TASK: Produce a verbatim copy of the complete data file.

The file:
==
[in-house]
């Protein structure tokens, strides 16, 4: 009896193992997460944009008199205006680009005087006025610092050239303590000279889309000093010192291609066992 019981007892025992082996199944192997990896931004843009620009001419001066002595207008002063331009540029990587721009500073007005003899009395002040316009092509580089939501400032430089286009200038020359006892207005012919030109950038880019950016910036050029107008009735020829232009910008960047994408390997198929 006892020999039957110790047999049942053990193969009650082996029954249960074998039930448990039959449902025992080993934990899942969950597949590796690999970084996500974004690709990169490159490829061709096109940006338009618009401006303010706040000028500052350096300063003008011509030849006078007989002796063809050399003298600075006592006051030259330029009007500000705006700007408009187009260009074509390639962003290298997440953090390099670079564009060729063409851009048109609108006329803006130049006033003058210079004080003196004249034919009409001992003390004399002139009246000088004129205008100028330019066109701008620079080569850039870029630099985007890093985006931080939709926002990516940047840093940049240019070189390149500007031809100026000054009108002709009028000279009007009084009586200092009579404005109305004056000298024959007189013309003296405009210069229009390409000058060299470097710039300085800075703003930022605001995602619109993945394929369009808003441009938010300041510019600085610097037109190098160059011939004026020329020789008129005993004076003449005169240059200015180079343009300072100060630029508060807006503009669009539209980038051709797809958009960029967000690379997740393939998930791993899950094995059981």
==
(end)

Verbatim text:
[in-house]
């Protein structure tokens, strides 16, 4: 009896193992997460944009008199205006680009005087006025610092050239303590000279889309000093010192291609066992 019981007892025992082996199944192997990896931004843009620009001419001066002595207008002063331009540029990587721009500073007005003899009395002040316009092509580089939501400032430089286009200038020359006892207005012919030109950038880019950016910036050029107008009735020829232009910008960047994408390997198929 006892020999039957110790047999049942053990193969009650082996029954249960074998039930448990039959449902025992080993934990899942969950597949590796690999970084996500974004690709990169490159490829061709096109940006338009618009401006303010706040000028500052350096300063003008011509030849006078007989002796063809050399003298600075006592006051030259330029009007500000705006700007408009187009260009074509390639962003290298997440953090390099670079564009060729063409851009048109609108006329803006130049006033003058210079004080003196004249034919009409001992003390004399002139009246000088004129205008100028330019066109701008620079080569850039870029630099985007890093985006931080939709926002990516940047840093940049240019070189390149500007031809100026000054009108002709009028000279009007009084009586200092009579404005109305004056000298024959007189013309003296405009210069229009390409000058060299470097710039300085800075703003930022605001995602619109993945394929369009808003441009938010300041510019600085610097037109190098160059011939004026020329020789008129005993004076003449005169240059200015180079343009300072100060630029508060807006503009669009539209980038051709797809958009960029967000690379997740393939998930791993899950094995059981």